Artist Adam Parker Smith runs classical sculpture through a trash compactor in his new series of works titled Crush. The six sculptures take well-known classical forms and squish them into one cubic meter. The result is a bizarre collection that is, for lovers of Western art, recognizable but still something totally new.
The sculptures continue Smith's investigation into the legitimacy of classical forms and touch upon his experiences with classical art while living in Rome. Bernini's David, the Apollo Belvedere, and the Augustus of Prima Porta are some well-known sculptures that Smith has compressed.
To create the series, Smith worked with a team of master carvers, a seven-axis reductive robot, and the digital research teams at museums like the Uffizi. In doing so, he was able to render these masterpieces of Hellenistic and Baroque sculpture in a 3D modeling program. Each digital form was compressed into a cube and then lovingly chiseled out in Carrara marble—the material of many great classical sculptures.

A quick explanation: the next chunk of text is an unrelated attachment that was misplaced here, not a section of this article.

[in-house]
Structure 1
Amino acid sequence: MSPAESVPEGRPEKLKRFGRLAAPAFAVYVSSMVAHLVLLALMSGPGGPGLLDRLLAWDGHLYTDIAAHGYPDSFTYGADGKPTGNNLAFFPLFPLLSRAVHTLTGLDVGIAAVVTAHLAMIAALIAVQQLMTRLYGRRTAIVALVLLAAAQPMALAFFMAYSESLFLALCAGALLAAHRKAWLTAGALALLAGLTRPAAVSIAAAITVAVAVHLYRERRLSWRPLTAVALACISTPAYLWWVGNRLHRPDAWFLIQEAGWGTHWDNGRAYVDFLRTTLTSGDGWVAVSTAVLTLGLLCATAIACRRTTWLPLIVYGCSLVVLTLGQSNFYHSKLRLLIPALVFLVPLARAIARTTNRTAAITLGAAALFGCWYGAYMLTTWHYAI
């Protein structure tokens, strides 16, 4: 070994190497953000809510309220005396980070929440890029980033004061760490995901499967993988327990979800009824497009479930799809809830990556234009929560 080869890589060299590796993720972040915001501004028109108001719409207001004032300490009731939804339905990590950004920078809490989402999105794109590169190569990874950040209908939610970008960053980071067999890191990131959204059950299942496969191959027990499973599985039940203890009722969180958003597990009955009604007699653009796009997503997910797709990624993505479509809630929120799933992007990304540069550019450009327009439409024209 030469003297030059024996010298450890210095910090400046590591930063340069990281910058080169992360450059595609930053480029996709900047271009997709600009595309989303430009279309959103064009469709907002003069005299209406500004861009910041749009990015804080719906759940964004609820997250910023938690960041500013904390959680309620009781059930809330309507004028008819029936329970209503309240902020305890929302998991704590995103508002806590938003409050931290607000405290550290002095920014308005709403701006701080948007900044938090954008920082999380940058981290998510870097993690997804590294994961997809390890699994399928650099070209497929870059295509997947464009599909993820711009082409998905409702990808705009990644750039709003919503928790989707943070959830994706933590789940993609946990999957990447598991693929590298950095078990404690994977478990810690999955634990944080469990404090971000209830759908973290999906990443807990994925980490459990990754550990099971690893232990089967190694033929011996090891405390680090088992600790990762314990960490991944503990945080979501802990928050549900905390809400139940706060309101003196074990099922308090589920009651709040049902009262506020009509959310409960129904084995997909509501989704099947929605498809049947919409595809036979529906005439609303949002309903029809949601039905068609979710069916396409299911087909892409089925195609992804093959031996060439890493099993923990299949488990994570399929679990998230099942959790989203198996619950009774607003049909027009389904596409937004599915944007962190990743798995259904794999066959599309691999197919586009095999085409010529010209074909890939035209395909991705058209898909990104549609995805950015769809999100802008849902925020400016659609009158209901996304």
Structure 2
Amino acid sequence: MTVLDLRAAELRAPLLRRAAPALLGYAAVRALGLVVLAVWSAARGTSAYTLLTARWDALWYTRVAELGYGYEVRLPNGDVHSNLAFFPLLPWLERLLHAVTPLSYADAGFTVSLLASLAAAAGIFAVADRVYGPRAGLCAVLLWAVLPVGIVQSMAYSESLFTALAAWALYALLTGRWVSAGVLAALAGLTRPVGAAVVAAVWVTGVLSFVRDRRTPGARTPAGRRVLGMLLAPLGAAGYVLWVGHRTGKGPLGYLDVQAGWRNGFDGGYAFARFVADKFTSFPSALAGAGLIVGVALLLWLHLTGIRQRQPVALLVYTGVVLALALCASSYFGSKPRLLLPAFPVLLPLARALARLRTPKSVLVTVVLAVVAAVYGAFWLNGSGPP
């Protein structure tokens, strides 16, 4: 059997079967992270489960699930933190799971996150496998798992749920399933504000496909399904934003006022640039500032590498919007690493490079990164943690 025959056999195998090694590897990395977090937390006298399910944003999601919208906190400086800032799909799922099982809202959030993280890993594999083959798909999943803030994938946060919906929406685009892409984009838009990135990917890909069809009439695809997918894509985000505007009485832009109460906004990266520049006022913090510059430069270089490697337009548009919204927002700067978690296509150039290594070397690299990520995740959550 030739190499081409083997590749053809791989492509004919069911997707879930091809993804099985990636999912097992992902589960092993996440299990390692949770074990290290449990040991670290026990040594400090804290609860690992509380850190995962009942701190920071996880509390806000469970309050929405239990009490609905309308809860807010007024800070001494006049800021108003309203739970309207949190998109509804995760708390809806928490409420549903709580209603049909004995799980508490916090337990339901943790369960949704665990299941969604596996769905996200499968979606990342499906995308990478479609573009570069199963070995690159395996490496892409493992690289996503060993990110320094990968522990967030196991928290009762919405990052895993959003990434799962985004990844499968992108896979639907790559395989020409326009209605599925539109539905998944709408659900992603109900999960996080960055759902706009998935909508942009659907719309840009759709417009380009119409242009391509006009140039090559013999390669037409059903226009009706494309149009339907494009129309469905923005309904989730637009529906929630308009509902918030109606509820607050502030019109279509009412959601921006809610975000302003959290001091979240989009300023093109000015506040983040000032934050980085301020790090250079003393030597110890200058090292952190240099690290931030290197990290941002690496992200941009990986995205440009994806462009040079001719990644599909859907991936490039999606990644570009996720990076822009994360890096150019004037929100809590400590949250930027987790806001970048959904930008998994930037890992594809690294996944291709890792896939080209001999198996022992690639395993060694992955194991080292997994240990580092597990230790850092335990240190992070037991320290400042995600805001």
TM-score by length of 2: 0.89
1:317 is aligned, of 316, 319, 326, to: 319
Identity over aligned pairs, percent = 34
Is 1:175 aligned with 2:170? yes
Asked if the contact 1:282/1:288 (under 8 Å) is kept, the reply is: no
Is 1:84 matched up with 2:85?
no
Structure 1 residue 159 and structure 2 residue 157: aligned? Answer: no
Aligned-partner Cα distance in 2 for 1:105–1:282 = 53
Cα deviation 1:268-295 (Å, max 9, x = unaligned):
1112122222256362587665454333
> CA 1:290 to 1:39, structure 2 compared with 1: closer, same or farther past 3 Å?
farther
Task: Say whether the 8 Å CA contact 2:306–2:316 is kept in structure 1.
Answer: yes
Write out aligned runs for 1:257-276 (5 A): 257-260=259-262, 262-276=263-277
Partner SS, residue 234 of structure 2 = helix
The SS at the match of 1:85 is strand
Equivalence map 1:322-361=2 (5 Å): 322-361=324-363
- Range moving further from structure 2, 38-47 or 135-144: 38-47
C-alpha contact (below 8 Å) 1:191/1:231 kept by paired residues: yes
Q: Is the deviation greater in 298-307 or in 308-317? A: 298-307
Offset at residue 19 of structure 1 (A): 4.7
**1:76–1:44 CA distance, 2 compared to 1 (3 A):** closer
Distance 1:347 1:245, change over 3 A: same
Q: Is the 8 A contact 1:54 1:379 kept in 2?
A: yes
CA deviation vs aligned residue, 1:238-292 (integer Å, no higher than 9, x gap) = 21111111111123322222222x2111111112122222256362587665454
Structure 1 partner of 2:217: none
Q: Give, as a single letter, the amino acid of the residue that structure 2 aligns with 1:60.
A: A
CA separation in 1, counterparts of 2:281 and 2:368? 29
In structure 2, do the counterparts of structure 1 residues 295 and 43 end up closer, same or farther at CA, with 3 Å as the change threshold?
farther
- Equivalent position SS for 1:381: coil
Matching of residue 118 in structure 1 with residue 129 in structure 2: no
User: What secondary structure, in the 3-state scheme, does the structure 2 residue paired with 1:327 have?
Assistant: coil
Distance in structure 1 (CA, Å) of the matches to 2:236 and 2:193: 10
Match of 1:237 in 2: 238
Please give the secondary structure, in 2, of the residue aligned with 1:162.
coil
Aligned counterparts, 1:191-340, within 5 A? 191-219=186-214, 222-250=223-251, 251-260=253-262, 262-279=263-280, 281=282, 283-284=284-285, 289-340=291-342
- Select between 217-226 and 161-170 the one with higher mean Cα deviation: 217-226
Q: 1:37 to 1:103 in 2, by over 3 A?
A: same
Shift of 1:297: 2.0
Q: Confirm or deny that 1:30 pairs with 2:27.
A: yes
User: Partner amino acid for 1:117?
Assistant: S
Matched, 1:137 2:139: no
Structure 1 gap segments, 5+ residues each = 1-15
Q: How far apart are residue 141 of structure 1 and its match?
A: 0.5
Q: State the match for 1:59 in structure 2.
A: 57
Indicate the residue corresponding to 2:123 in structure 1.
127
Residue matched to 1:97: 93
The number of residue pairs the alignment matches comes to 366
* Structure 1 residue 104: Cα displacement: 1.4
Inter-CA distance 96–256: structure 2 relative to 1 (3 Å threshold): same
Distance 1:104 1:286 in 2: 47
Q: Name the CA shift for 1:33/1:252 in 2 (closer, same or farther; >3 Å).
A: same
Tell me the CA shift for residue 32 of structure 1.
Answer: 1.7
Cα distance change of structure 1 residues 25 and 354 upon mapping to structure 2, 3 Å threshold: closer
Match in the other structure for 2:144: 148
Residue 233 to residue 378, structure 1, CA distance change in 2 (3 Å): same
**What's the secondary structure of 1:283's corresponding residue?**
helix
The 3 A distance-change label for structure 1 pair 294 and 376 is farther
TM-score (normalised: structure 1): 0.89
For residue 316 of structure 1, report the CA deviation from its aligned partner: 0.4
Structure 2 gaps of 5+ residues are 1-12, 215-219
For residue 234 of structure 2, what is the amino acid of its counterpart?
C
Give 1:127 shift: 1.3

The sculptures are fascinating as they sit on their pedestals. As now-tiny forms, each sculpture gives something new when viewed from different angles. Augustus, so tall and imposing in the original sculpture, looks as if he's about to take a nap. In Smith's work, he's giving off a completely different message as he cradles his own body, head resting upon the folds of his tunic.
This is true across the board. Squeezed into cubes, these classical pieces elicit a different response. No longer towering masterpieces that spark adoration, Smith has brought them down to our level where we can appreciate them in a whole new way. Smith's work, which was recently on display at The Hole LA, is a beautiful marriage between traditional sculpture and contemporary sensibilities.